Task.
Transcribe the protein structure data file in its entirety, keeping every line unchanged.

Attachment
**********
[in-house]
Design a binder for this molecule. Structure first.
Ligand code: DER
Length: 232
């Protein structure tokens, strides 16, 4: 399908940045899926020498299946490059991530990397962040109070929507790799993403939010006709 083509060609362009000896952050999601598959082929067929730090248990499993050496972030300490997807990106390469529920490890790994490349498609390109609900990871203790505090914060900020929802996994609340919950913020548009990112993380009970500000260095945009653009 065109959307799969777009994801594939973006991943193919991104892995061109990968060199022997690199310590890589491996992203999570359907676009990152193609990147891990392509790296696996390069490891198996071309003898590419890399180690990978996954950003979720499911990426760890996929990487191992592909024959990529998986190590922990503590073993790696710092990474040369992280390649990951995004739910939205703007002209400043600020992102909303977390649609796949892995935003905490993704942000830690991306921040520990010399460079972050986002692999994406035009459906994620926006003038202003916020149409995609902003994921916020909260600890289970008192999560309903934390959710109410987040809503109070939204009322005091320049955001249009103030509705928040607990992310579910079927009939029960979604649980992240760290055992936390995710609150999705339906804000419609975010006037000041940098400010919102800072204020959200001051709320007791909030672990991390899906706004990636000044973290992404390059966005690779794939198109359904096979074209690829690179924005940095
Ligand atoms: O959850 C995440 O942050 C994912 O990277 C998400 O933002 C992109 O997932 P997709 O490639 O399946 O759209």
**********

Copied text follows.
[in-house]
Design a binder for this molecule. Structure first.
Ligand code: DER
Length: 232
């Protein structure tokens, strides 16, 4: 399908940045899926020498299946490059991530990397962040109070929507790799993403939010006709 083509060609362009000896952050999601598959082929067929730090248990499993050496972030300490997807990106390469529920490890790994490349498609390109609900990871203790505090914060900020929802996994609340919950913020548009990112993380009970500000260095945009653009 065109959307799969777009994801594939973006991943193919991104892995061109990968060199022997690199310590890589491996992203999570359907676009990152193609990147891990392509790296696996390069490891198996071309003898590419890399180690990978996954950003979720499911990426760890996929990487191992592909024959990529998986190590922990503590073993790696710092990474040369992280390649990951995004739910939205703007002209400043600020992102909303977390649609796949892995935003905490993704942000830690991306921040520990010399460079972050986002692999994406035009459906994620926006003038202003916020149409995609902003994921916020909260600890289970008192999560309903934390959710109410987040809503109070939204009322005091320049955001249009103030509705928040607990992310579910079927009939029960979604649980992240760290055992936390995710609150999705339906804000419609975010006037000041940098400010919102800072204020959200001051709320007791909030672990991390899906706004990636000044973290992404390059966005690779794939198109359904096979074209690829690179924005940095
Ligand atoms: O959850 C995440 O942050 C994912 O990277 C998400 O933002 C992109 O997932 P997709 O490639 O399946 O759209």